These are interesting thoughts. Being a bit of a geek, this kind of conversation makes me think of the overall changes that have occurred in Western culture in recent years. As far as I can see, we Gen Y-ers (and I think Gen Why-ers nails me) are the first generation to grow up entirely under the widespread existence of postmodernism. Countercultural things like the hippie, punk rock, goth, etc. movements in the 1960s, 70s, and 80s marked the emergence of postmodernism and anti-modernism from the halls of university English departments, but it has taken a while for it to get into the minds of people in general.
In light of that, what if many of these things we are seeing are a cultural shift, rather than a generational shift?
Just to look at the list of characteristics in the post, what if we need constant praise because we have grown up under the idea that everything is relative, and what is good work for one employer, or on a given day, may not be good for another, or on another day?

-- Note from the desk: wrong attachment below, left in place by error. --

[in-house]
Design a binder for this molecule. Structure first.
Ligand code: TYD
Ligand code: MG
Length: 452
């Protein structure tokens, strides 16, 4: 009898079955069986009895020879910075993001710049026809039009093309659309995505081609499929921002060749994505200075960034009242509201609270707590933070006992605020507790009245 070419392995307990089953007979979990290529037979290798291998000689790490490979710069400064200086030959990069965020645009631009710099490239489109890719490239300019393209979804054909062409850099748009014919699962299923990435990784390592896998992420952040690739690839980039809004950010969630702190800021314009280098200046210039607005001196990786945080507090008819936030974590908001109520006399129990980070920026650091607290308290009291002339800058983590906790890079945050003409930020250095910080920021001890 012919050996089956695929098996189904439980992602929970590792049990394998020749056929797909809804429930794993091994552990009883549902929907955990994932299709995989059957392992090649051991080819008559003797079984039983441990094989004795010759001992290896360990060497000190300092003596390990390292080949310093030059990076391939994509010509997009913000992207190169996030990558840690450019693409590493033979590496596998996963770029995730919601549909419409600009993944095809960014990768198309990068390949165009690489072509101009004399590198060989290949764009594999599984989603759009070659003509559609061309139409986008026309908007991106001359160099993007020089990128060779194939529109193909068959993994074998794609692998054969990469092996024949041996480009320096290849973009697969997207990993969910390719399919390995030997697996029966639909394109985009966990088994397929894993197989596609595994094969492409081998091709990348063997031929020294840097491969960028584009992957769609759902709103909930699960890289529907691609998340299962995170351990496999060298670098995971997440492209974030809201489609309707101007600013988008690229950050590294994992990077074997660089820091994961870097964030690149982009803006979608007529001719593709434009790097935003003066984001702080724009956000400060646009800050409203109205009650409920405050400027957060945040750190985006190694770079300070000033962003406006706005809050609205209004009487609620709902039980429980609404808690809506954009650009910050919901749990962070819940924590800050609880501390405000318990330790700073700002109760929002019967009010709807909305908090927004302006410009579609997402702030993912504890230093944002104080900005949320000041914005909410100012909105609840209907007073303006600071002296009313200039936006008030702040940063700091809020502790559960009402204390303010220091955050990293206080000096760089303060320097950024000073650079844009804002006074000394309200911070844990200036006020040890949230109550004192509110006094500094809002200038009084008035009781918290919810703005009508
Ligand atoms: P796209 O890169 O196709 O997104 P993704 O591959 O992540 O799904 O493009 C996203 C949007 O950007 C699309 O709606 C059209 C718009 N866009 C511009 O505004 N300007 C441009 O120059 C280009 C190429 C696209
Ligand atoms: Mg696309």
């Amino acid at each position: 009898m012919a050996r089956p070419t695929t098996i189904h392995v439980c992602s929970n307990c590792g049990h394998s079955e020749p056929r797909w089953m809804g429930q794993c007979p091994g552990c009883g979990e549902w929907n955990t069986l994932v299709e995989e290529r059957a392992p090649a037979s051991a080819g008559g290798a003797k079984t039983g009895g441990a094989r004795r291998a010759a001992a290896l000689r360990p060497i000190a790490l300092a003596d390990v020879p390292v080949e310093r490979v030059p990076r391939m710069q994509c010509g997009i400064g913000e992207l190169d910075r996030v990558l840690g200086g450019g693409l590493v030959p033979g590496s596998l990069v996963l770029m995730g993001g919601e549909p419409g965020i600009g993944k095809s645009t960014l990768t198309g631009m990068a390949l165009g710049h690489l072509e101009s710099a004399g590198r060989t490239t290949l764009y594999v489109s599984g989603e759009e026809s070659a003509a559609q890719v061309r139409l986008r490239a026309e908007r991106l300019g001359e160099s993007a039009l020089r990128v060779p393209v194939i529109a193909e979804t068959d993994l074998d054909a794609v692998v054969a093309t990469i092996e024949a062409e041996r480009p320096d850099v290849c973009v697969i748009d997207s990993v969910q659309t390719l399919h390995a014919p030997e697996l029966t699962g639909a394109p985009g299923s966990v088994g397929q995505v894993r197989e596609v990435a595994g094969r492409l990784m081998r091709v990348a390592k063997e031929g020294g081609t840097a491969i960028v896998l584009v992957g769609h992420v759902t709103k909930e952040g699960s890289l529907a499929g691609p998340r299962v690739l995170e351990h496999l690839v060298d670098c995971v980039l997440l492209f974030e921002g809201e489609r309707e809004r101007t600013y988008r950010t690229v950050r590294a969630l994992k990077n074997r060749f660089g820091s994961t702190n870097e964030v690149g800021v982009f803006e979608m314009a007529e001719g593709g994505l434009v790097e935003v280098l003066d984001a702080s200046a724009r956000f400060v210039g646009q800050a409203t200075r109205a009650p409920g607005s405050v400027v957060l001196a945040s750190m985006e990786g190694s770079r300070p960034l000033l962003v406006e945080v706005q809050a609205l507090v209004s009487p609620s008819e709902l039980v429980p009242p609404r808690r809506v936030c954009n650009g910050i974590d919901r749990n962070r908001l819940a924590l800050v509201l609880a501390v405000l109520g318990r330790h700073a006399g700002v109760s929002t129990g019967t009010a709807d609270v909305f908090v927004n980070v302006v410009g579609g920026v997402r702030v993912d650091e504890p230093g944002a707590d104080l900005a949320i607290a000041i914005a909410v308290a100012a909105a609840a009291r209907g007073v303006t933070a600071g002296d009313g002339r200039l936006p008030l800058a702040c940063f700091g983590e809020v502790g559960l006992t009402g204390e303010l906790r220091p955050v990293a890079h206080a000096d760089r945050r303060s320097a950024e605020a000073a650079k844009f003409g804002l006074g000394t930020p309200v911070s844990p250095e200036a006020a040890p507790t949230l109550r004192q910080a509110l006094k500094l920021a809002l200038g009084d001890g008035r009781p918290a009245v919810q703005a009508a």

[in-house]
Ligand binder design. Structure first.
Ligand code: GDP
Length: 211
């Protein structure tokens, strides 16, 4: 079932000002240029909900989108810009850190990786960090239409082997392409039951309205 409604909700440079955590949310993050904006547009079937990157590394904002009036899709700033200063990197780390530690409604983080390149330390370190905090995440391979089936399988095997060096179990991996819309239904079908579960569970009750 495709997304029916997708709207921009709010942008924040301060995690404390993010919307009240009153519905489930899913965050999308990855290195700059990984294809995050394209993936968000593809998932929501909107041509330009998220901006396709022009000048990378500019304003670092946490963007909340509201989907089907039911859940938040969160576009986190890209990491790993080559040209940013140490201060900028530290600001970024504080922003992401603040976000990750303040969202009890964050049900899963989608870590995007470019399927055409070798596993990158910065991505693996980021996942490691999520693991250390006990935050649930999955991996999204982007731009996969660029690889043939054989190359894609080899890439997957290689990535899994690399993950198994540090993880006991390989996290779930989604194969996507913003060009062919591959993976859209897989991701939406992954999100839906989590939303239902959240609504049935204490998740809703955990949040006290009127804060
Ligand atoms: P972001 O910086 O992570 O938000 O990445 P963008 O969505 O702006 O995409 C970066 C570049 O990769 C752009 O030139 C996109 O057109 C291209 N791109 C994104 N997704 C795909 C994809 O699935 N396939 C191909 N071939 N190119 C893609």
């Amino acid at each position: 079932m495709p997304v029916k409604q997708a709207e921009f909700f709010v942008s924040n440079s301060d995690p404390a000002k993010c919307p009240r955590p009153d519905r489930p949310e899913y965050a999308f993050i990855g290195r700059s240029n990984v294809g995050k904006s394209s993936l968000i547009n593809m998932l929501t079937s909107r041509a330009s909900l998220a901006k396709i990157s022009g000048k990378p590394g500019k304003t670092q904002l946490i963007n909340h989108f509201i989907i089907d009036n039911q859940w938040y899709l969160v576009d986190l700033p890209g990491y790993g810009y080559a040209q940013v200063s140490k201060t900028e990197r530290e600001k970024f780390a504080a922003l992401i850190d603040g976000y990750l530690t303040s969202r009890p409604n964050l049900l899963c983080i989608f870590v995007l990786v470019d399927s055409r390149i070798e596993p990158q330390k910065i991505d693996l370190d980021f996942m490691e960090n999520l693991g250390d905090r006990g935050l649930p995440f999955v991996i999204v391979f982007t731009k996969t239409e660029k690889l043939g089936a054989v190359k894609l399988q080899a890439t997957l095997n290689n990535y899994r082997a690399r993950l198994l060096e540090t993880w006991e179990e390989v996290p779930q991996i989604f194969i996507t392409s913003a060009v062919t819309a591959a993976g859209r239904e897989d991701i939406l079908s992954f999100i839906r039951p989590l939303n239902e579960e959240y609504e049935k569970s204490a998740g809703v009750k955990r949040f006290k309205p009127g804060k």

What if we are disrespectful because we have been given a framework of thinking that legitimized itself by questioning and dismantling every form of authority with which it was presented?
What if we feel entitled because we have been given thoughts of creating our own realities?
What if we have no sense of loyalty because the senses of loyalty that postmodernism reacted to were responsible for horrible things from slavery to wars to genocides?
I suppose knowing what we want and knowing how to get it has passed me by... I spend too much time asking rhetorical philosophical questions.
And what if we value social responsibility because we fear being responsible for continuing the same horrors of previous generations, or paving new roads of failure?
Just saying. I don't necessarily have an answer for any of those questions, but I think they are valid ones to ask, especially in light of the fact that the generations that come after us will inherit the same cultural framework that we have.